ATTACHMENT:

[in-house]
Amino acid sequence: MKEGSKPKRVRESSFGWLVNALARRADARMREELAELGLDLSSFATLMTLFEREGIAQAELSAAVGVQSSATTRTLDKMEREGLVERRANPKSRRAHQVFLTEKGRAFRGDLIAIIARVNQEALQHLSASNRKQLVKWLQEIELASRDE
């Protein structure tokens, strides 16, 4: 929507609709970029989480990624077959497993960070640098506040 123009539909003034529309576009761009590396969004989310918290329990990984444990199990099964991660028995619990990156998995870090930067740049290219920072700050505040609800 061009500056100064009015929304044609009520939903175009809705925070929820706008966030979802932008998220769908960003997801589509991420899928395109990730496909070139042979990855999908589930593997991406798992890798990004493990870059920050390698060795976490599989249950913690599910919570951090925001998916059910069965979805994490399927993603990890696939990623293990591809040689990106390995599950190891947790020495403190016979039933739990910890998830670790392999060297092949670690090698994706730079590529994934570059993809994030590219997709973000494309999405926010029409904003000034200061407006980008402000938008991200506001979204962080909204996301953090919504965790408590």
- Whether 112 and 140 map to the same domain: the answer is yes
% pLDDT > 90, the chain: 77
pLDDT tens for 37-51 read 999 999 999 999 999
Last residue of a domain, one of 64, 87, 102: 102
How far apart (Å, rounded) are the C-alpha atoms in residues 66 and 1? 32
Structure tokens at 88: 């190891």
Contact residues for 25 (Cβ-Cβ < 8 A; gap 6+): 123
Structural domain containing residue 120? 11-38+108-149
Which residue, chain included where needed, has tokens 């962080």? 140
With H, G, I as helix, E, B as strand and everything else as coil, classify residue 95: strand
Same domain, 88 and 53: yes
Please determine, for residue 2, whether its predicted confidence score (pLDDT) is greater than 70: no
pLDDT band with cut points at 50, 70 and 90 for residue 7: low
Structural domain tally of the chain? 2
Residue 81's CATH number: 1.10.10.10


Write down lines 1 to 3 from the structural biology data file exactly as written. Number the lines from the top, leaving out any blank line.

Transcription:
[in-house]
Amino acid sequence: MKEGSKPKRVRESSFGWLVNALARRADARMREELAELGLDLSSFATLMTLFEREGIAQAELSAAVGVQSSATTRTLDKMEREGLVERRANPKSRRAHQVFLTEKGRAFRGDLIAIIARVNQEALQHLSASNRKQLVKWLQEIELASRDE
């Protein structure tokens, strides 16, 4: 929507609709970029989480990624077959497993960070640098506040 123009539909003034529309576009761009590396969004989310918290329990990984444990199990099964991660028995619990990156998995870090930067740049290219920072700050505040609800 061009500056100064009015929304044609009520939903175009809705925070929820706008966030979802932008998220769908960003997801589509991420899928395109990730496909070139042979990855999908589930593997991406798992890798990004493990870059920050390698060795976490599989249950913690599910919570951090925001998916059910069965979805994490399927993603990890696939990623293990591809040689990106390995599950190891947790020495403190016979039933739990910890998830670790392999060297092949670690090698994706730079590529994934570059993809994030590219997709973000494309999405926010029409904003000034200061407006980008402000938008991200506001979204962080909204996301953090919504965790408590």